Psychological Impact of COVID-19 Outbreak on Caregivers (PSY-CO-ICU)
|The safety and scientific validity of this study is the responsibility of the study sponsor and investigators. Listing a study does not mean it has been evaluated by the U.S. Federal Government. Know the risks and potential benefits of clinical studies and talk to your health care provider before participating. Read our disclaimer for details.|
|ClinicalTrials.gov Identifier: NCT04511780|
Recruitment Status : Not yet recruiting
First Posted : August 13, 2020
Last Update Posted : December 19, 2020
Based on the experience of previous pandemics, countries reacted by applying different upgrade strategies to prevent or delay the widespread of the disease. Therefore, measures such as border closure, school closure, restrict social gathering (even shutdown of workplaces), limit population movements, and confinement meaning quarantines at the scale of cities or regions. In public hospitals, several measures have been decided to concentrate the power of care on potential wave of admissions of patients with severe forms of Covid-19. In this purpose, the number of available beds in Intensive Care Units (ICU) has been increased by two-fold and scheduled non-emergency surgical procedure have been cancelled. That means:
- For the most severe patients, new personals (physician such as anesthesiologists, nurses of other units) have been transferred in ICUs.
- For the less severe patients, personals of non-busy units have been transferred in busier ones.
All these measures lead to major daily-life change sets that could be stressful. In the general population, it has been well documented that quarantine or confinement or isolation could lead to the occurrence of Post-Traumatic Stress Disorder (PTSD) syndrome in about 30% overall population. Importantly, high depressive symptoms have been reported in 9% of hospital staff. Numerous symptoms have been reported after quarantine or isolation such as emotional disturbance, depression, stress, low mood, irritability, insomnia, and post-traumatic stress symptoms.
In hospital setting, few studies have been performed for assessing the psychological impact of quarantine and isolation. However, two studies reported a high prevalence of burn-out syndrome (BOS) in ICU physician and PTSD syndrome and depression in ICU nurses. As the consequences of all the measures decided and applied during Covid-19 pandemic could be important on caregivers, the present study primarily aims at assessing the prevalence of PTSD syndrome in a large population of caregivers implied or not in Intensive Care Units. The secondary objective were 1) to assess the prevalence of severe depression and anxiety and BOS 2) to isolate potential factors associated with PTSD, severe depression, anxiety or BOS.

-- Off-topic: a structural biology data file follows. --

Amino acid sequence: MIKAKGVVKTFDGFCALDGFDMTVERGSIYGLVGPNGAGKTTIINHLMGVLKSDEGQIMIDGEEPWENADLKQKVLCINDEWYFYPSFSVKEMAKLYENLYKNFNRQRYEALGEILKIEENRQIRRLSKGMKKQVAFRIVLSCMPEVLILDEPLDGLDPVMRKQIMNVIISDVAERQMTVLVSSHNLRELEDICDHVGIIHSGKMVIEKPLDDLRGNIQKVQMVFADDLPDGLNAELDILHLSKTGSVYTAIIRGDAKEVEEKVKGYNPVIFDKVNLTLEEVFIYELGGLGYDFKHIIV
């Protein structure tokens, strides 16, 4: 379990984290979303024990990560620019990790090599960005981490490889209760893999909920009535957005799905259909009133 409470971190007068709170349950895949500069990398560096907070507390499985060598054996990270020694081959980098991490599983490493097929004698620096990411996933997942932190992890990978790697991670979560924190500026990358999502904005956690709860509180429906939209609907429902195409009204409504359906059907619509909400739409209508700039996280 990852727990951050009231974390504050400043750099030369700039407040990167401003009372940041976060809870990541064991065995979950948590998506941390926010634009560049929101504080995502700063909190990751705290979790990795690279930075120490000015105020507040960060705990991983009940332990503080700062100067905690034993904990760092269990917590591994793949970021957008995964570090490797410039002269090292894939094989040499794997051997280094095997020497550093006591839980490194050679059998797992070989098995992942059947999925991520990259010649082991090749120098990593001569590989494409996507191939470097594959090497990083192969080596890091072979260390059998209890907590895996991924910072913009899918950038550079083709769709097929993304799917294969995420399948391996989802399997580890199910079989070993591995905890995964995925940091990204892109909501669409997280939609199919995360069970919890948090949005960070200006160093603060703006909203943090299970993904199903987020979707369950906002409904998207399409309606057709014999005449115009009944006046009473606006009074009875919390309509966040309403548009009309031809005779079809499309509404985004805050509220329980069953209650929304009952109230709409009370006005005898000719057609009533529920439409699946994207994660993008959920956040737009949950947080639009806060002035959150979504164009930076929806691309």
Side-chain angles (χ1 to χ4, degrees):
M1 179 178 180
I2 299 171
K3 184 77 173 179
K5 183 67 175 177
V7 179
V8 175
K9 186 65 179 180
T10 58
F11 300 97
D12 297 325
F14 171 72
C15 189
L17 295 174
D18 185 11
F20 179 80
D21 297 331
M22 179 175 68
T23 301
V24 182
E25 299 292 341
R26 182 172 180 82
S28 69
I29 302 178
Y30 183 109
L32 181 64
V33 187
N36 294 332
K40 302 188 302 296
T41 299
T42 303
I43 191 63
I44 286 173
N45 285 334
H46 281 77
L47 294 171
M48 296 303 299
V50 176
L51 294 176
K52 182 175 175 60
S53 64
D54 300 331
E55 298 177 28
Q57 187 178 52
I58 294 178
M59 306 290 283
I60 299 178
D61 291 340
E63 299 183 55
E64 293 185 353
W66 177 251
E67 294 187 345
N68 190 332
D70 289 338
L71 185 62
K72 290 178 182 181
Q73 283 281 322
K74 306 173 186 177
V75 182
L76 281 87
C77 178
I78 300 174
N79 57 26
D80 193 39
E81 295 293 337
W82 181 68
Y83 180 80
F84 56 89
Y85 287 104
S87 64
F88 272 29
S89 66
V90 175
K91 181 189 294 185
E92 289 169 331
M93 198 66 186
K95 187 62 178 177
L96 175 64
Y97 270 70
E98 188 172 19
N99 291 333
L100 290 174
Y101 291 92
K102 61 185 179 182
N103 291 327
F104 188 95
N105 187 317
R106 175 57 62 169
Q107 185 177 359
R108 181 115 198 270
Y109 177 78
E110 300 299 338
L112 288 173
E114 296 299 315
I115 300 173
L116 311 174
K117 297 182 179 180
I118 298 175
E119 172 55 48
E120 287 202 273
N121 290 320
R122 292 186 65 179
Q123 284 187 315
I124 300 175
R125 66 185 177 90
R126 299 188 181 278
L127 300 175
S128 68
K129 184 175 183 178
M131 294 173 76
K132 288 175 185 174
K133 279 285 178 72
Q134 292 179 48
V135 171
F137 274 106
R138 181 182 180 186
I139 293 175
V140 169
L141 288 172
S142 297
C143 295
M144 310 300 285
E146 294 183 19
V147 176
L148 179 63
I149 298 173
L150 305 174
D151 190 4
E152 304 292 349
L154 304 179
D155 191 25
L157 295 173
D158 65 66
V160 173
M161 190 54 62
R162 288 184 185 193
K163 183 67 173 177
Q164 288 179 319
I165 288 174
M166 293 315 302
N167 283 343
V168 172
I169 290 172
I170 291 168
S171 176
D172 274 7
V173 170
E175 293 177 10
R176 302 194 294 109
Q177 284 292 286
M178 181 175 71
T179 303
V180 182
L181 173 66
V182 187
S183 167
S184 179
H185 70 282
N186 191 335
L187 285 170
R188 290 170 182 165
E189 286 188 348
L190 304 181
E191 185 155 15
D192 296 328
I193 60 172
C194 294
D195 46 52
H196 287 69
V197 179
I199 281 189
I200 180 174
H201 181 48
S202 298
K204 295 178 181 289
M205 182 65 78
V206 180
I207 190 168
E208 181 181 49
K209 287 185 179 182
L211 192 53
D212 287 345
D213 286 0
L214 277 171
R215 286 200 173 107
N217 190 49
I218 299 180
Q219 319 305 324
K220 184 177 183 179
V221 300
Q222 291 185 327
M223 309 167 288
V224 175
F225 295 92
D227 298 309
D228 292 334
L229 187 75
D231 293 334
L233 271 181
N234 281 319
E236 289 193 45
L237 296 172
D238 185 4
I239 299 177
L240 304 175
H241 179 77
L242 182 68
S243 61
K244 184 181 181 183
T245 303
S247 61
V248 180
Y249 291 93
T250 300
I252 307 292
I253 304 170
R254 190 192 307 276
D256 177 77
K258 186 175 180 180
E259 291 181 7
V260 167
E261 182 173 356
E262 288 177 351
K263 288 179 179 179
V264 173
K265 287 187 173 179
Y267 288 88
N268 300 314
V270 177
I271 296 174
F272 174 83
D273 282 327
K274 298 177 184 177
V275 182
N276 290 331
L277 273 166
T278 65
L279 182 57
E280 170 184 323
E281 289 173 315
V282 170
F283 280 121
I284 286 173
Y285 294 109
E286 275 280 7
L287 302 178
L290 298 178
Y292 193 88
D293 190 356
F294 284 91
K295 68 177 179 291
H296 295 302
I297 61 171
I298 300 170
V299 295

|Condition or disease||Intervention/treatment|
|Critical Illness Covid19 Stress Disorders, Post-Traumatic||Other: questionnaire filling|
|Study Type :||Observational|
|Estimated Enrollment :||5000 participants|
|Official Title:||Psychological Impact of COVID-19 Outbreak on Caregivers Involved in Intensive Care Unit Patient Management: Impact on the Occurrence of Post-traumatic Stress Disorder, Anxiety, Depression and Burn Out Syndrome|
|Estimated Study Start Date :||January 2021|
|Estimated Primary Completion Date :||September 2022|
|Estimated Study Completion Date :||September 2022|
• Caregivers (doctors senior and junior, nurses, aid nurses) involved in the staff (permanent or transient, full or partial time) of ICU patients during Covid-19 outbreak
Other: questionnaire filling
assessment of post-traumatic stress, anxiety and burn out
- Post-Traumatic Stress Disorder [ Time Frame: 3-6 month after the Covid-19 outbreak ]PCL - 5 (Post-Traumatic Stress Disorder Checklist Scale, version DSM-5)
- anxiety and depression [ Time Frame: 3-6 month after the Covid-19 outbreak ]HADS scale (Hospital Anxiety and Depression Scale)
- Burn out [ Time Frame: 3-6 month after the Covid-19 outbreak ]Score MBI (Burn out syndrome)
To learn more about this study, you or your doctor may contact the study research staff using the contact information provided by the sponsor.
Please refer to this study by its ClinicalTrials.gov identifier (NCT number): NCT04511780
|Contact: Jean Yves LEFRANTfirstname.lastname@example.org|
|Principal Investigator:||Jean Yves LEFRANT||Centre Hospitalier Universitaire de Nīmes|